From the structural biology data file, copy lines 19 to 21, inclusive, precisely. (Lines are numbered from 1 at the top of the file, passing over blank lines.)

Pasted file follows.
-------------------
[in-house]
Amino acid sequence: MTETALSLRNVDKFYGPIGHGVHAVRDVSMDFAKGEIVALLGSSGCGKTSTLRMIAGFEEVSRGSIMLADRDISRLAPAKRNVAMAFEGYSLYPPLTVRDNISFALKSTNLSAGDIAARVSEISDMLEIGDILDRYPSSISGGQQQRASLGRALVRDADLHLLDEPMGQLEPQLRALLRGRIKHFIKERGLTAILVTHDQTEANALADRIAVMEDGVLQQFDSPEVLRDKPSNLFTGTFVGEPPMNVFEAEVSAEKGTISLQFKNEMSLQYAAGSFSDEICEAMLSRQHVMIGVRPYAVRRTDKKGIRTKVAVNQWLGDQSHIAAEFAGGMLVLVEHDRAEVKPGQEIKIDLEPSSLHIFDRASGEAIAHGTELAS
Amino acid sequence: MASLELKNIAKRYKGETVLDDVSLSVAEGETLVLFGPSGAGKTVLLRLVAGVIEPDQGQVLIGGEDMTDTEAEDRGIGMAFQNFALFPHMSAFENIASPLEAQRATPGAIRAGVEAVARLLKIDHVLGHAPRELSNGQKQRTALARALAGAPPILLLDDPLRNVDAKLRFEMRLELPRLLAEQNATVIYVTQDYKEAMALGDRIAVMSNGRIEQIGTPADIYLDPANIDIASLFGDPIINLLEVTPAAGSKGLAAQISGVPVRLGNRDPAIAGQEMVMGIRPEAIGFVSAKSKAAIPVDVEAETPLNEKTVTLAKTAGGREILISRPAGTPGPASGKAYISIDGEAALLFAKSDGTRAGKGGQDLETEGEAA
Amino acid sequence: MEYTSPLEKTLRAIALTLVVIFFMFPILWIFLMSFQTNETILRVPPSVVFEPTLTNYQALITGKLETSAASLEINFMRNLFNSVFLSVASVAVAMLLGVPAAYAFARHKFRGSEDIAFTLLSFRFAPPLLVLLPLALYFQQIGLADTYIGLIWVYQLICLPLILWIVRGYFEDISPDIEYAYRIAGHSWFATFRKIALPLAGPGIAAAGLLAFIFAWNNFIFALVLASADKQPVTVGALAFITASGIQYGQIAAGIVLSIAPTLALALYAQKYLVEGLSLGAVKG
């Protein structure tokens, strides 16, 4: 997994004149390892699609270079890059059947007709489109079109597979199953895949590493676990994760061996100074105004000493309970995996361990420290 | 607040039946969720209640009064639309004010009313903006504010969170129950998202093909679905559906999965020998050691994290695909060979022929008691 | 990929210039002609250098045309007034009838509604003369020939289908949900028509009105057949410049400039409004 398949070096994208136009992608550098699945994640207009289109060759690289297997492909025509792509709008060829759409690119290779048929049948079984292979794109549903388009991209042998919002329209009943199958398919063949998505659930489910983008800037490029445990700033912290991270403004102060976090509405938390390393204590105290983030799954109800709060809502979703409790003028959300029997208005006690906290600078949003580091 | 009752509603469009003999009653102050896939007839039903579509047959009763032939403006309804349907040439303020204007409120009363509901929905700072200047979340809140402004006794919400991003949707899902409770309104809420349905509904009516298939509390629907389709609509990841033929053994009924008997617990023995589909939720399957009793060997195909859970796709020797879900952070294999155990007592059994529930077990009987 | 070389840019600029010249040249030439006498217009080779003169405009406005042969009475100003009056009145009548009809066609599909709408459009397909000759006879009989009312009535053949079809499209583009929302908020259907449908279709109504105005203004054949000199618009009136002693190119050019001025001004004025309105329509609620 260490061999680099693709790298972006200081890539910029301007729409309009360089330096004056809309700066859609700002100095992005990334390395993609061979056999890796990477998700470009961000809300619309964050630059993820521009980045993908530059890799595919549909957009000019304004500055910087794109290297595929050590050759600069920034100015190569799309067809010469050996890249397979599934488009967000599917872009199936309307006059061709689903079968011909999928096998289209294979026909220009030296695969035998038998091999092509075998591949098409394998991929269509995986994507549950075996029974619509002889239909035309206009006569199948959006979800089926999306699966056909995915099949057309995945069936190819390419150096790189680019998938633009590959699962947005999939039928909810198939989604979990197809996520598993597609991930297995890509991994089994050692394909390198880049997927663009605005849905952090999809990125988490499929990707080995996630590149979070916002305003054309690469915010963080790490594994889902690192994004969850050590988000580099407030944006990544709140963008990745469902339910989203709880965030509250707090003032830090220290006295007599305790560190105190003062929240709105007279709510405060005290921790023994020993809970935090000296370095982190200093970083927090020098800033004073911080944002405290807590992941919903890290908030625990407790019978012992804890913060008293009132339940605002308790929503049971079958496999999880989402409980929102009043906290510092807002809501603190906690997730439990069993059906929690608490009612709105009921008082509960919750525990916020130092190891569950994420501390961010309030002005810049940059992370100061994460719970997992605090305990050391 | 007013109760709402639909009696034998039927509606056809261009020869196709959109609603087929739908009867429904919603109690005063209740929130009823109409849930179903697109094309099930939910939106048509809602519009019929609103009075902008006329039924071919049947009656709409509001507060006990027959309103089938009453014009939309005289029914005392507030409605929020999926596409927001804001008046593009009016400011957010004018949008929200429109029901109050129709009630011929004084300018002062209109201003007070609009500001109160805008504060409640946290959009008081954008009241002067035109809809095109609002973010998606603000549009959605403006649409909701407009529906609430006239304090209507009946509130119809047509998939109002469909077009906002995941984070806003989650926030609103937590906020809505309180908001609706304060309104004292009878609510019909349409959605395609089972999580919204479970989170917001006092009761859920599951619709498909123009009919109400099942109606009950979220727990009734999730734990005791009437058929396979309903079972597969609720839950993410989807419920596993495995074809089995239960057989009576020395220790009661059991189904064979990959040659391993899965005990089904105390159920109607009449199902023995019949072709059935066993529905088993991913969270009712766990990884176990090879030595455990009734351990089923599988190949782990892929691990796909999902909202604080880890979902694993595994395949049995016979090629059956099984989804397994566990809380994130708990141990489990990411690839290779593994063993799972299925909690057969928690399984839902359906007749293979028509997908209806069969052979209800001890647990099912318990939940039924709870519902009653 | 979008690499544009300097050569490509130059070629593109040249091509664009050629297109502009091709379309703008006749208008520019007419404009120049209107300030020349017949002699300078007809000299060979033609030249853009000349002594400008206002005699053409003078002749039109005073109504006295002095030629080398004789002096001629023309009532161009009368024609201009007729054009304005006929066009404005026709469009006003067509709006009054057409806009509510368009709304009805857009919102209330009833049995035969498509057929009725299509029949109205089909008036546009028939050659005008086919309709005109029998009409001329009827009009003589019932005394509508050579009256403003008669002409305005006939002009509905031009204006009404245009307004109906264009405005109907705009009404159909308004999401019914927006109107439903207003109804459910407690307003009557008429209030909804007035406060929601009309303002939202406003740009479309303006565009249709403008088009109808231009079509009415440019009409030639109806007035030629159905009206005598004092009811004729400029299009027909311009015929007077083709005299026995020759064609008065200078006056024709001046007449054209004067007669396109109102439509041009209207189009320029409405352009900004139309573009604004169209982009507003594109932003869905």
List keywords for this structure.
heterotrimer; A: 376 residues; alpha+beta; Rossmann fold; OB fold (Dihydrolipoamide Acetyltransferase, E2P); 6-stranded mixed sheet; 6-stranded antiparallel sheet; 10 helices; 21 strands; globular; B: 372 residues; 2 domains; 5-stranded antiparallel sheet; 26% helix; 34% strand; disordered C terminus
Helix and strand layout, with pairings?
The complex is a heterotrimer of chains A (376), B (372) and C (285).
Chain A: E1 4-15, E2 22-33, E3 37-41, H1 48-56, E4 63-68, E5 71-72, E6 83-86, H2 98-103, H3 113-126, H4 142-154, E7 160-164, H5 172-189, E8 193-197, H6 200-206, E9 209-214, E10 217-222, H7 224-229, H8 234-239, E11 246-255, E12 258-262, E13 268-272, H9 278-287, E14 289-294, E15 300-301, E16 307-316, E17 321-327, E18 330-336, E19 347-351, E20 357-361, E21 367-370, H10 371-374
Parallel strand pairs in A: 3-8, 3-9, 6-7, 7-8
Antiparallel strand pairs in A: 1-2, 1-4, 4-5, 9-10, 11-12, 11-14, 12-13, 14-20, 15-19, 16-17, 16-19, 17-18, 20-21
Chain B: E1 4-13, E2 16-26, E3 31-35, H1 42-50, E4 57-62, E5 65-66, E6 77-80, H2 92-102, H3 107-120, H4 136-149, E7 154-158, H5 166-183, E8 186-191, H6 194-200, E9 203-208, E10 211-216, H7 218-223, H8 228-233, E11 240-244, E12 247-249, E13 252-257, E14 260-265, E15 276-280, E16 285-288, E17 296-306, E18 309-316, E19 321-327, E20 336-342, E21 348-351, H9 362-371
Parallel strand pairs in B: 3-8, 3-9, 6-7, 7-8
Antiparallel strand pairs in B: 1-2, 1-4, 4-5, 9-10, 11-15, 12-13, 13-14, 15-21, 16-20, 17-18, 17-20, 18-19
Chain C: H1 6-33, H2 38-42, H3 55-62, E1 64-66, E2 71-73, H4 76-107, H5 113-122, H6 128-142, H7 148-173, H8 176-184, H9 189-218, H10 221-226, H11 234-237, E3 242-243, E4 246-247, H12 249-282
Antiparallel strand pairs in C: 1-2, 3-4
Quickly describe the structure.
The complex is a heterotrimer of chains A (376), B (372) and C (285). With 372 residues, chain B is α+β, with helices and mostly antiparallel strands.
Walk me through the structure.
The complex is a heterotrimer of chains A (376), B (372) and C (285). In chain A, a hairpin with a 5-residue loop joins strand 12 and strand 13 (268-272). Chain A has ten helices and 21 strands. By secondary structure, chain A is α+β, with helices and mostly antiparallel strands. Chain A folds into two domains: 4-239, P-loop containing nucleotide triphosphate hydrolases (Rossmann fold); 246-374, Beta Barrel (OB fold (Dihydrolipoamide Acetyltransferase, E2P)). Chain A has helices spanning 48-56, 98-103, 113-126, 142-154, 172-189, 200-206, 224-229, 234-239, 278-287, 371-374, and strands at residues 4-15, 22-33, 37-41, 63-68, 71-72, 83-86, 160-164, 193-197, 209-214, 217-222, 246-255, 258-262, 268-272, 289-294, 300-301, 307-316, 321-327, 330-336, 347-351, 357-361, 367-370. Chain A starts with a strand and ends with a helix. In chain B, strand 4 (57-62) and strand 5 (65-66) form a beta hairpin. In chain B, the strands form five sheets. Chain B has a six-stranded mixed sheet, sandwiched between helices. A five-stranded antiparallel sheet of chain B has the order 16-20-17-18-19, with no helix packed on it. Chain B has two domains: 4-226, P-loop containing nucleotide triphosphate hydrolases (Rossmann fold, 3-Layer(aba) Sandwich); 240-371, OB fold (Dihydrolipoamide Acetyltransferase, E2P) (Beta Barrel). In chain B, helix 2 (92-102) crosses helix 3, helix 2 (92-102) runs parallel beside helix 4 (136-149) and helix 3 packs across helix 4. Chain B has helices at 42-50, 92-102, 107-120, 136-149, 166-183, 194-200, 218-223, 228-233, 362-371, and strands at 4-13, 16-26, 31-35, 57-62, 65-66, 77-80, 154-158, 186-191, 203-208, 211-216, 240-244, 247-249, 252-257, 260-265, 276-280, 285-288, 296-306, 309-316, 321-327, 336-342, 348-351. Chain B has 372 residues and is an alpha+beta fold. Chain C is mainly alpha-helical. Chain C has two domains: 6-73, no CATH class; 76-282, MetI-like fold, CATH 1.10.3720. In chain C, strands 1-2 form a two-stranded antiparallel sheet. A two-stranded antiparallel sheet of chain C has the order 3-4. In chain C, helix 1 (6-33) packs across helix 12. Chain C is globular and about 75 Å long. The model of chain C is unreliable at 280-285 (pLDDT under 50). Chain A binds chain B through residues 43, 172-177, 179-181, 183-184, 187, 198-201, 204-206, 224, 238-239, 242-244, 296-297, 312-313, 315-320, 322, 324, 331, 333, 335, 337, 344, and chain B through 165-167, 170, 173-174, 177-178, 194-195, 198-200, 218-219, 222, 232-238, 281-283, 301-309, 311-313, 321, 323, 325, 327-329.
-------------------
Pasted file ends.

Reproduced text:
The complex is a heterotrimer of chains A (376), B (372) and C (285). With 372 residues, chain B is α+β, with helices and mostly antiparallel strands.
Walk me through the structure.
The complex is a heterotrimer of chains A (376), B (372) and C (285). In chain A, a hairpin with a 5-residue loop joins strand 12 and strand 13 (268-272). Chain A has ten helices and 21 strands. By secondary structure, chain A is α+β, with helices and mostly antiparallel strands. Chain A folds into two domains: 4-239, P-loop containing nucleotide triphosphate hydrolases (Rossmann fold); 246-374, Beta Barrel (OB fold (Dihydrolipoamide Acetyltransferase, E2P)). Chain A has helices spanning 48-56, 98-103, 113-126, 142-154, 172-189, 200-206, 224-229, 234-239, 278-287, 371-374, and strands at residues 4-15, 22-33, 37-41, 63-68, 71-72, 83-86, 160-164, 193-197, 209-214, 217-222, 246-255, 258-262, 268-272, 289-294, 300-301, 307-316, 321-327, 330-336, 347-351, 357-361, 367-370. Chain A starts with a strand and ends with a helix. In chain B, strand 4 (57-62) and strand 5 (65-66) form a beta hairpin. In chain B, the strands form five sheets. Chain B has a six-stranded mixed sheet, sandwiched between helices. A five-stranded antiparallel sheet of chain B has the order 16-20-17-18-19, with no helix packed on it. Chain B has two domains: 4-226, P-loop containing nucleotide triphosphate hydrolases (Rossmann fold, 3-Layer(aba) Sandwich); 240-371, OB fold (Dihydrolipoamide Acetyltransferase, E2P) (Beta Barrel). In chain B, helix 2 (92-102) crosses helix 3, helix 2 (92-102) runs parallel beside helix 4 (136-149) and helix 3 packs across helix 4. Chain B has helices at 42-50, 92-102, 107-120, 136-149, 166-183, 194-200, 218-223, 228-233, 362-371, and strands at 4-13, 16-26, 31-35, 57-62, 65-66, 77-80, 154-158, 186-191, 203-208, 211-216, 240-244, 247-249, 252-257, 260-265, 276-280, 285-288, 296-306, 309-316, 321-327, 336-342, 348-351. Chain B has 372 residues and is an alpha+beta fold. Chain C is mainly alpha-helical. Chain C has two domains: 6-73, no CATH class; 76-282, MetI-like fold, CATH 1.10.3720. In chain C, strands 1-2 form a two-stranded antiparallel sheet. A two-stranded antiparallel sheet of chain C has the order 3-4. In chain C, helix 1 (6-33) packs across helix 12. Chain C is globular and about 75 Å long. The model of chain C is unreliable at 280-285 (pLDDT under 50). Chain A binds chain B through residues 43, 172-177, 179-181, 183-184, 187, 198-201, 204-206, 224, 238-239, 242-244, 296-297, 312-313, 315-320, 322, 324, 331, 333, 335, 337, 344, and chain B through 165-167, 170, 173-174, 177-178, 194-195, 198-200, 218-219, 222, 232-238, 281-283, 301-309, 311-313, 321, 323, 325, 327-329.